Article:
Whilst many 64-year-olds look forward to retirement, Switzerland-based Irish guitarist Christy Doran on the other hand has been kicking into creative overdrive. No.9
(Leo Records, 2013) was a beguiling duo date with Chinese pipa virtuoso Yang Jing, while Mesmerized
(Double Moon records, 2013) saw Doran's long-running post-rock group New Bag rejuvenated by the exhilarating vocal presence of Sara Buechi. "I don't think art should have borders or containment," Doran told All About Jazz in a 2013 interview
, "there's still a lot to be discovered, explored and evolved." A strong current of exploration and discovery marks Bunter Hund's debut, whose headwatersstemming from multiple sourcesconverge in vibrant unison that is consistently engaging but never predictable.
Accordionist Patricia Draeger forms a striking front-line partnership with Doran, fired up by bassist Christian Weber and drummer Lionel Friedli's evolving rhythms. Bunter Hund, however, serves up much more than just traditional front-line and rhythm section dynamics. For much of the music the quartet is so tightly synchronized as to sound as one voice, notably on "Indian Arps" where the roles of rhythm and melodic development are not only shared but are, to a large degree, one and the same thing. Elsewhere the music veers between the visceral and the abstract, often within the same song.
'Three Punk Chords Tango" does what it says on the tin, though the rocking energy is counterbalanced by quite lyrical pools. Doran and Draeger's solos are studies in contrastthe guitarist all spark and flame while the accordion purrs as sweetly as a harmonica. "Lift" plots a labyrinthal course where infectious grooves and fractured meters chase each other's tails. The lively rocker "Hurry Up ,n' Wait" features scintillating group play. All four voices fire as one in passages as controlled as they are energetic. Looser jam-like exchanges between Draeger and Doran are the key to some great soloing.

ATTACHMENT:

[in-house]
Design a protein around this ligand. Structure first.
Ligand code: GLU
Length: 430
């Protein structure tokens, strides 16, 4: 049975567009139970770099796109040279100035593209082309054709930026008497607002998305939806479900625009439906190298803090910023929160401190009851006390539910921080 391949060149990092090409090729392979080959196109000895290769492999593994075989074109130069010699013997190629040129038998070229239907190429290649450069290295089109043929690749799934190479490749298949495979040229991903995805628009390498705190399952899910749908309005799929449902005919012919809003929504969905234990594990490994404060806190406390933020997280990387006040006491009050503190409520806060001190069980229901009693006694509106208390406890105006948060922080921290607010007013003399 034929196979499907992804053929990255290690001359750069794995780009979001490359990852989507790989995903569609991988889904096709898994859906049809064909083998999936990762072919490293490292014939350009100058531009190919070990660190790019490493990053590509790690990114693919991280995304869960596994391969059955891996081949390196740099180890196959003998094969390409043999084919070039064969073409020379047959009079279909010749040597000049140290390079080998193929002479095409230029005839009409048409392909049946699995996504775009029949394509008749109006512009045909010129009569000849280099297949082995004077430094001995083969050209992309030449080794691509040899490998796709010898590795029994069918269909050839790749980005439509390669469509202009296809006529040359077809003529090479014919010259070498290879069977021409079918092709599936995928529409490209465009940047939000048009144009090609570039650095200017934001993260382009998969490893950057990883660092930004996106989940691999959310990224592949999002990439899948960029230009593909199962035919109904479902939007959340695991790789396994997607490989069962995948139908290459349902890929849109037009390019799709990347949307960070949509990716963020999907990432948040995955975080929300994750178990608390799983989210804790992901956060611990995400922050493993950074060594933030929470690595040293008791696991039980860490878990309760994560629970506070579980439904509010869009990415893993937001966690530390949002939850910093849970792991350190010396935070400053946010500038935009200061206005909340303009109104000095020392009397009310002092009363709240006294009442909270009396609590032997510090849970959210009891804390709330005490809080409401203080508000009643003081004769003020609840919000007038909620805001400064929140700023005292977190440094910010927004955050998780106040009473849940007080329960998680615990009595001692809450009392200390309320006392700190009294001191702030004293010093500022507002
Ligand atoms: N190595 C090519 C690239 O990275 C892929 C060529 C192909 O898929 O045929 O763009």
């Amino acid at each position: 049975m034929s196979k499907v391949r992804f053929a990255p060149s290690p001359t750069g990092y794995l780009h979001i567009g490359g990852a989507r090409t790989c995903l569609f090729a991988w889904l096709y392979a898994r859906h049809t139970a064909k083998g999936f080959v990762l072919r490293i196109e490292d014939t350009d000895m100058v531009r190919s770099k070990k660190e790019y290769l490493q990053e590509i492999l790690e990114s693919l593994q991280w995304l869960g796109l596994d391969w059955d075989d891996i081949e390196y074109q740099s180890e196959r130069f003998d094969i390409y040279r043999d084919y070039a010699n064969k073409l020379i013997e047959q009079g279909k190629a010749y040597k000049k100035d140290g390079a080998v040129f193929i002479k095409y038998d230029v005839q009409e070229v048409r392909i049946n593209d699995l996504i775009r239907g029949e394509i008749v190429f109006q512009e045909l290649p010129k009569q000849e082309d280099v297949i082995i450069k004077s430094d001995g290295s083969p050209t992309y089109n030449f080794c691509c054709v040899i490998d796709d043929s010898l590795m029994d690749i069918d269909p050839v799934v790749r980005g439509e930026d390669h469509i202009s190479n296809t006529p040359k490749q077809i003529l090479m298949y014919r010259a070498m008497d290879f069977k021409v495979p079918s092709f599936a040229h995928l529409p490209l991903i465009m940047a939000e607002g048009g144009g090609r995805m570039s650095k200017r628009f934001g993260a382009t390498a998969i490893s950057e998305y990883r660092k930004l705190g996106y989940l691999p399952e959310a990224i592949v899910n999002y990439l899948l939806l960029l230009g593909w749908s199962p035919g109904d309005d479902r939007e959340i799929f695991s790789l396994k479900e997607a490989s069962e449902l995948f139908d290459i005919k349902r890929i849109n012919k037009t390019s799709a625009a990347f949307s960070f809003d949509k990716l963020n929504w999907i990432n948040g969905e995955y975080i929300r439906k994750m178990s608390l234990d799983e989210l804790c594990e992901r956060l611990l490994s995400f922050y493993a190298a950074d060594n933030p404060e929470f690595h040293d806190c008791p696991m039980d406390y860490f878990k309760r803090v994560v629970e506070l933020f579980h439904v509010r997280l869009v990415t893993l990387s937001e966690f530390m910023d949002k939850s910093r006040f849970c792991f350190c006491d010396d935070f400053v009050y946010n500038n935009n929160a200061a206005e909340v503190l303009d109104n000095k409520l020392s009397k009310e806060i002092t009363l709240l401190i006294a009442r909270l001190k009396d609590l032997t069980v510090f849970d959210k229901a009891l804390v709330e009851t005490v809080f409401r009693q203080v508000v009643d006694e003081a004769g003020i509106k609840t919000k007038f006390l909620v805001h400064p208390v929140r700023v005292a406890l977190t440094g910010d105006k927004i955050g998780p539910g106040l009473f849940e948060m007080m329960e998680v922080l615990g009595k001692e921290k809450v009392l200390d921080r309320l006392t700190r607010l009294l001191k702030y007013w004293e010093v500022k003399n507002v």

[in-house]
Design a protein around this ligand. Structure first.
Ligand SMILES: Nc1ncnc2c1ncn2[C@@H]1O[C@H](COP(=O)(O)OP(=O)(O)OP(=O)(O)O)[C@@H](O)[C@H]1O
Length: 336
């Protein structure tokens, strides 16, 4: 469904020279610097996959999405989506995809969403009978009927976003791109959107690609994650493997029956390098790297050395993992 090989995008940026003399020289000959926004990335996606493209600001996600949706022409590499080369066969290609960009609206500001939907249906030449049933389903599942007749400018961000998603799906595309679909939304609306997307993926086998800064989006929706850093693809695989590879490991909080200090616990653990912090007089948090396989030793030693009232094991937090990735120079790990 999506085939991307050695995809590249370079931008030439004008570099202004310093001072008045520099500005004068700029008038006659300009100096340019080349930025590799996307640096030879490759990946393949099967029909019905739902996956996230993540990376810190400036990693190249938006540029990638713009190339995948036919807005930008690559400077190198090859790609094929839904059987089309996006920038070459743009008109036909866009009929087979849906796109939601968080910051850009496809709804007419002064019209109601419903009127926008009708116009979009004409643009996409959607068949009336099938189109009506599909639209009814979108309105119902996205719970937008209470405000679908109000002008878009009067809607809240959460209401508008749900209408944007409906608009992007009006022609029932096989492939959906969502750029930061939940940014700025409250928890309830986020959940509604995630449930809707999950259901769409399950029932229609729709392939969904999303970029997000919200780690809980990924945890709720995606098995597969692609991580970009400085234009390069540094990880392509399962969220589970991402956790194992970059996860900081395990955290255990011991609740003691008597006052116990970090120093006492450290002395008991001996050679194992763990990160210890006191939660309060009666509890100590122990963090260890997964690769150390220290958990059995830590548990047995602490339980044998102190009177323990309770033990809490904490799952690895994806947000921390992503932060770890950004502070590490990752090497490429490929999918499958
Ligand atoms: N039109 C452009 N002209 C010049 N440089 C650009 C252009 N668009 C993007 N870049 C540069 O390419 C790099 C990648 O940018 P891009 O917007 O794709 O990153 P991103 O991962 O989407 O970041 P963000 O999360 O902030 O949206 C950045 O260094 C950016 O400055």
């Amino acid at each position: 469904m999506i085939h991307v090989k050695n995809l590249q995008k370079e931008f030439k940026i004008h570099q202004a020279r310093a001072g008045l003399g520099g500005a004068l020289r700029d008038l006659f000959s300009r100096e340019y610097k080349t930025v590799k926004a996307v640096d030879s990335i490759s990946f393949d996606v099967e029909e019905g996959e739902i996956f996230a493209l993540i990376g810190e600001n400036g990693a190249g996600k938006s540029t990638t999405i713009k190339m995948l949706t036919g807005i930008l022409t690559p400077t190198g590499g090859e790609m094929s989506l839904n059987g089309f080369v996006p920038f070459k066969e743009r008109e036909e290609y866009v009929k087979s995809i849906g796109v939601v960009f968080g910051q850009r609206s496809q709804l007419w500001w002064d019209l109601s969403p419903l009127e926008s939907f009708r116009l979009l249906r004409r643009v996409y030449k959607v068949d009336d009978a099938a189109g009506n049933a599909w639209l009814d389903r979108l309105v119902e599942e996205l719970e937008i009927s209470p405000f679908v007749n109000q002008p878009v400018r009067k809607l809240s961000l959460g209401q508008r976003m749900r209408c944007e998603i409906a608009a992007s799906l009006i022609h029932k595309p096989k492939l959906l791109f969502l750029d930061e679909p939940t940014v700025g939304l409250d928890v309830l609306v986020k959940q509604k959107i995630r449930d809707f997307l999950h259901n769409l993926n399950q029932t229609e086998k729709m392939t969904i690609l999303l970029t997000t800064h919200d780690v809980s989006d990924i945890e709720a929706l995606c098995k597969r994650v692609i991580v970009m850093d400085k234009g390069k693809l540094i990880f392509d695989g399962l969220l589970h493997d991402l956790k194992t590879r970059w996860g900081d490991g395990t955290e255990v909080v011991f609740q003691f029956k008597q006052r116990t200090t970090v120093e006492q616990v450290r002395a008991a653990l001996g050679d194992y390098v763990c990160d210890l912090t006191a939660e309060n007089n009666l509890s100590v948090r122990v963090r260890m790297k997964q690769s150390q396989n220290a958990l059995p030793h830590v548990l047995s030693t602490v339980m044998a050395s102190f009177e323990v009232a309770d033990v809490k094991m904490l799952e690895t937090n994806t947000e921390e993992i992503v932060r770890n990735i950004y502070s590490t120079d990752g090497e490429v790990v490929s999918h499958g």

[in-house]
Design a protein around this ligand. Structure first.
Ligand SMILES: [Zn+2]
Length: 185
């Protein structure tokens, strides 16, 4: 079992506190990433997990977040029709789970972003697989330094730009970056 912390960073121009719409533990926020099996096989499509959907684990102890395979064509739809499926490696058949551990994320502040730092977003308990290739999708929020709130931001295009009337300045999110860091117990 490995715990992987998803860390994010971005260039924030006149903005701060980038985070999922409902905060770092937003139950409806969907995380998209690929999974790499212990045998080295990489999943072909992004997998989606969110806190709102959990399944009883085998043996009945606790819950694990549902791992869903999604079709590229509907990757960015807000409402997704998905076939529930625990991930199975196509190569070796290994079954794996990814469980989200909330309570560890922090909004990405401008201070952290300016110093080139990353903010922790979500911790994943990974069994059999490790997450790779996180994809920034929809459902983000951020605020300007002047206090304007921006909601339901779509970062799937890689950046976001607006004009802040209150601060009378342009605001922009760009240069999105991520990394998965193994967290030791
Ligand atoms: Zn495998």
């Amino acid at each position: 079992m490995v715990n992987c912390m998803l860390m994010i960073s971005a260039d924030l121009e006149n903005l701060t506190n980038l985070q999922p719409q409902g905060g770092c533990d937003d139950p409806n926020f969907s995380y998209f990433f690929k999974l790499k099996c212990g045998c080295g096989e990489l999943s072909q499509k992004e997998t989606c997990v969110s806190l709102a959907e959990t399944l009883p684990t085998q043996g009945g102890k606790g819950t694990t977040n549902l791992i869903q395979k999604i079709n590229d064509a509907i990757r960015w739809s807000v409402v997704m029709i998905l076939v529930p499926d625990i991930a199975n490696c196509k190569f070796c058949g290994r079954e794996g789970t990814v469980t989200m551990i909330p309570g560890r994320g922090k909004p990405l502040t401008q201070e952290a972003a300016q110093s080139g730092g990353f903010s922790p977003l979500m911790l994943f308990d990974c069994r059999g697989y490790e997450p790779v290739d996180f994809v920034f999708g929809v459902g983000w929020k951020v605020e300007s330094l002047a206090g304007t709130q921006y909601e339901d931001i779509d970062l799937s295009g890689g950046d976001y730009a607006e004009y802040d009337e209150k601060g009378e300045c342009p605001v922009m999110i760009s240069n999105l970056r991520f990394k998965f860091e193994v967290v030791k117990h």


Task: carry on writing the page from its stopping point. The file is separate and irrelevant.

Doran is in typically inspired form throughout. Time and again his gritty yet fluid improvisations tumble and soar, punctuated by explosive riffs, judicious use of pedal effects and crowned with singing cries. On the starkly atmospheric "Armenochori," Weber's arco and bass work conjures lyrical introspection but it's Doran' piercing intervention that steals the show on an otherwise ruminative number. "Delhi-Kerala Express" is a genre onto itself; machine-gun drum and guitar phrases and punchy staccato rhythms are suggestive of a train in motion, but Doran's scratchy psychadelia creates more hallucinatory visions. Guitar and accordion feed off each other in loose improvisation that rattles and simmers above Friedl and Weber's mostly arrhythmic stirrings. The quartet then harnesses its energy with greater collective direction, bringing to a conclusion this curious, episodic ride.
Greek mythology inspires the continually unfolding drama of "Eos and Thitonos." Doran and Draeger's rapid free-wheeling exchanges give way to abstract improvisations, out of which Doran signs off with a final energized solo, rushing and snarling. Bunter Hund's debut is a striking tale of genre-busting, free-spirited play whose delights reside in the shadow play between discipline and freedom.
Personnel: Christy Doran: Electric Guitar; Patricia Draeger: accordion; Christian Weber: acoustic bass; Lionel Friedl: drums.